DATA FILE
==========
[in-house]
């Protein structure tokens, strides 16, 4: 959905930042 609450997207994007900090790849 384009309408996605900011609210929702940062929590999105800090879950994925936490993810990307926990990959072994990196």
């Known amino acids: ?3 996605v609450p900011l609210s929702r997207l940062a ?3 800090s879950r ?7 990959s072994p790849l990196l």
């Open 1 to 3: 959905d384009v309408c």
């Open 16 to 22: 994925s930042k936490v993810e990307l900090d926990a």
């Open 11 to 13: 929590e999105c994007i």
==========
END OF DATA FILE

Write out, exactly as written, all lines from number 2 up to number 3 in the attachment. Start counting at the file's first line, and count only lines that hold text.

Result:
């Protein structure tokens, strides 16, 4: 959905930042 609450997207994007900090790849 384009309408996605900011609210929702940062929590999105800090879950994925936490993810990307926990990959072994990196």
């Known amino acids: ?3 996605v609450p900011l609210s929702r997207l940062a ?3 800090s879950r ?7 990959s072994p790849l990196l």